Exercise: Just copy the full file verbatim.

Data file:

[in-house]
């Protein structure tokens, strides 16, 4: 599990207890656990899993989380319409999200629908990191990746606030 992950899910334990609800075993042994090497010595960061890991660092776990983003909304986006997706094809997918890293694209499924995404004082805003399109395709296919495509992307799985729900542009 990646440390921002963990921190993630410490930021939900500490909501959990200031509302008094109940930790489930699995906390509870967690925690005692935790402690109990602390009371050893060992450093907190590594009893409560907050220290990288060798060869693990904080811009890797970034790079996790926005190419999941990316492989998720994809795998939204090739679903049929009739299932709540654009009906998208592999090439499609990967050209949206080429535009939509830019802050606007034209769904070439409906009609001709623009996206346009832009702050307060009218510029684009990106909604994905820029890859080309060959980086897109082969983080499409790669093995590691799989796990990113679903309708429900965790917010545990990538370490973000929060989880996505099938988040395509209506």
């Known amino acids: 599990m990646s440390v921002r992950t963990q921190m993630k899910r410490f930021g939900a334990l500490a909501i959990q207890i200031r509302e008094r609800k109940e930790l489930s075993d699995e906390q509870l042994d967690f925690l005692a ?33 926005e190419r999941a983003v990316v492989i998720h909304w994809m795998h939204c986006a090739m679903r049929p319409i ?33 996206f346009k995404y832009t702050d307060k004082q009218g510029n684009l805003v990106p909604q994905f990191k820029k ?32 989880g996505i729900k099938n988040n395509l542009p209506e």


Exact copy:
[in-house]
């Protein structure tokens, strides 16, 4: 599990207890656990899993989380319409999200629908990191990746606030 992950899910334990609800075993042994090497010595960061890991660092776990983003909304986006997706094809997918890293694209499924995404004082805003399109395709296919495509992307799985729900542009 990646440390921002963990921190993630410490930021939900500490909501959990200031509302008094109940930790489930699995906390509870967690925690005692935790402690109990602390009371050893060992450093907190590594009893409560907050220290990288060798060869693990904080811009890797970034790079996790926005190419999941990316492989998720994809795998939204090739679903049929009739299932709540654009009906998208592999090439499609990967050209949206080429535009939509830019802050606007034209769904070439409906009609001709623009996206346009832009702050307060009218510029684009990106909604994905820029890859080309060959980086897109082969983080499409790669093995590691799989796990990113679903309708429900965790917010545990990538370490973000929060989880996505099938988040395509209506």
């Known amino acids: 599990m990646s440390v921002r992950t963990q921190m993630k899910r410490f930021g939900a334990l500490a909501i959990q207890i200031r509302e008094r609800k109940e930790l489930s075993d699995e906390q509870l042994d967690f925690l005692a ?33 926005e190419r999941a983003v990316v492989i998720h909304w994809m795998h939204c986006a090739m679903r049929p319409i ?33 996206f346009k995404y832009t702050d307060k004082q009218g510029n684009l805003v990106p909604q994905f990191k820029k ?32 989880g996505i729900k099938n988040n395509l542009p209506e």